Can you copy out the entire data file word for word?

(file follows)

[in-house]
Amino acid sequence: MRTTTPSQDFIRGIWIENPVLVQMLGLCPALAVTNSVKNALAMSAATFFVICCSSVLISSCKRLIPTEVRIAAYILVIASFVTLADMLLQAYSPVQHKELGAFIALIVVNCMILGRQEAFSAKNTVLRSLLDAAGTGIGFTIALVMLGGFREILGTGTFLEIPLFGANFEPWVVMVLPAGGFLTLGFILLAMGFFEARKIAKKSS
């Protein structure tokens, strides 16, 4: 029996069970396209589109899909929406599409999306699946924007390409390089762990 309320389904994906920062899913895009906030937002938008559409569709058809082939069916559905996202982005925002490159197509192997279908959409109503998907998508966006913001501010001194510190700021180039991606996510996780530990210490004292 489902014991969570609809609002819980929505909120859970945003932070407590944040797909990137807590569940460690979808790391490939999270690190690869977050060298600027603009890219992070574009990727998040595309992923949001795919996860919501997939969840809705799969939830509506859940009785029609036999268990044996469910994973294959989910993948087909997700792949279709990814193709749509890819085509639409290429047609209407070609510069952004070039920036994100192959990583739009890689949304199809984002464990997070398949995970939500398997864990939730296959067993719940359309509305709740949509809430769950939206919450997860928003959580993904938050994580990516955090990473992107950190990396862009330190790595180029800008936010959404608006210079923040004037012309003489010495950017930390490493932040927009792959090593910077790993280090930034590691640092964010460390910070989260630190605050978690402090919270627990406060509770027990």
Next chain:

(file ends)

[in-house]
Amino acid sequence: MRTTTPSQDFIRGIWIENPVLVQMLGLCPALAVTNSVKNALAMSAATFFVICCSSVLISSCKRLIPTEVRIAAYILVIASFVTLADMLLQAYSPVQHKELGAFIALIVVNCMILGRQEAFSAKNTVLRSLLDAAGTGIGFTIALVMLGGFREILGTGTFLEIPLFGANFEPWVVMVLPAGGFLTLGFILLAMGFFEARKIAKKSS
């Protein structure tokens, strides 16, 4: 029996069970396209589109899909929406599409999306699946924007390409390089762990 309320389904994906920062899913895009906030937002938008559409569709058809082939069916559905996202982005925002490159197509192997279908959409109503998907998508966006913001501010001194510190700021180039991606996510996780530990210490004292 489902014991969570609809609002819980929505909120859970945003932070407590944040797909990137807590569940460690979808790391490939999270690190690869977050060298600027603009890219992070574009990727998040595309992923949001795919996860919501997939969840809705799969939830509506859940009785029609036999268990044996469910994973294959989910993948087909997700792949279709990814193709749509890819085509639409290429047609209407070609510069952004070039920036994100192959990583739009890689949304199809984002464990997070398949995970939500398997864990939730296959067993719940359309509305709740949509809430769950939206919450997860928003959580993904938050994580990516955090990473992107950190990396862009330190790595180029800008936010959404608006210079923040004037012309003489010495950017930390490493932040927009792959090593910077790993280090930034590691640092964010460390910070989260630190605050978690402090919270627990406060509770027990």
Next chain: